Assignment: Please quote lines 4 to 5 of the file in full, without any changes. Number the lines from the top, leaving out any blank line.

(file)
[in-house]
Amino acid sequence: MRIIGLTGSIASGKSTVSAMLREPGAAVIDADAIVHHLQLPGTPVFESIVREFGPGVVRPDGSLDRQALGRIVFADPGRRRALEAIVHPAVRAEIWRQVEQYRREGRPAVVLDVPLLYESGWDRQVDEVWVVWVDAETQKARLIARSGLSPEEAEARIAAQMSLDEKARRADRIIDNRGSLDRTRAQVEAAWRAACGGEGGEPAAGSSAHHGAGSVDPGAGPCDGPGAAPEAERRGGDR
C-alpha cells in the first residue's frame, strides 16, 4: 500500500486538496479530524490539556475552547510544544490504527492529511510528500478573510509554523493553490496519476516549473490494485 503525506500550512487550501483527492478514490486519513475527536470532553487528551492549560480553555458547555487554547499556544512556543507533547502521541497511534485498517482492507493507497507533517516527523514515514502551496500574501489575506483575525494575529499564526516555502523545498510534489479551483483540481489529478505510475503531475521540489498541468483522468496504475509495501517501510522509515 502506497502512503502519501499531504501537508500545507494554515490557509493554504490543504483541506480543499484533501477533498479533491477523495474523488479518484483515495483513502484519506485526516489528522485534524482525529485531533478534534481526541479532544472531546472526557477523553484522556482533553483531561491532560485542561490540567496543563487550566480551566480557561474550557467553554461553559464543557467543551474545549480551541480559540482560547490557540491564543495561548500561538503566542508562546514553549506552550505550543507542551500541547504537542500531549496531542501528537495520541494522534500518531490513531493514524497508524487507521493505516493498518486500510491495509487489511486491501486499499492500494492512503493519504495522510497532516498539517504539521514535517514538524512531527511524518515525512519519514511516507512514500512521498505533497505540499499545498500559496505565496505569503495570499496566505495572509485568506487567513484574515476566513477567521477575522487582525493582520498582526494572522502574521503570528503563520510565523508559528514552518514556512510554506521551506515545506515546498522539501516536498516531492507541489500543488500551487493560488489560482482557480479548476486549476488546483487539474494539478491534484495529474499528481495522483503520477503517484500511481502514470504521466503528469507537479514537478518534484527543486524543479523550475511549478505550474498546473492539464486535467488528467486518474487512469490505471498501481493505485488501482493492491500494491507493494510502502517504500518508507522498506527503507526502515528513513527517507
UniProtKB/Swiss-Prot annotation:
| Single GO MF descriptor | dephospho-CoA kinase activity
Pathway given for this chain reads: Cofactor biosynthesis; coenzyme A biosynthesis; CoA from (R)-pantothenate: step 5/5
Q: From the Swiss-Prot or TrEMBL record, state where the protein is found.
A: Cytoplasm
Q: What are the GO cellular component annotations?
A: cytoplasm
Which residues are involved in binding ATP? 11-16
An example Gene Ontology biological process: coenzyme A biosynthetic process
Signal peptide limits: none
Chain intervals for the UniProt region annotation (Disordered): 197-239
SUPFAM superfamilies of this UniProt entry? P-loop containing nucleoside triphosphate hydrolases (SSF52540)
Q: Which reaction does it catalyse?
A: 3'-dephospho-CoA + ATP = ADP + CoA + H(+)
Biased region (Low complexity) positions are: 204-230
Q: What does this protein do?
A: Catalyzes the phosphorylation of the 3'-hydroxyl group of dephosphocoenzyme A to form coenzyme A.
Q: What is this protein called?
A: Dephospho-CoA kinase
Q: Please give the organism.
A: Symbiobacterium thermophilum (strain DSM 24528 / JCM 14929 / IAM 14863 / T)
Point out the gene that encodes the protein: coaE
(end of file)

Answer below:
UniProtKB/Swiss-Prot annotation:
| Single GO MF descriptor | dephospho-CoA kinase activity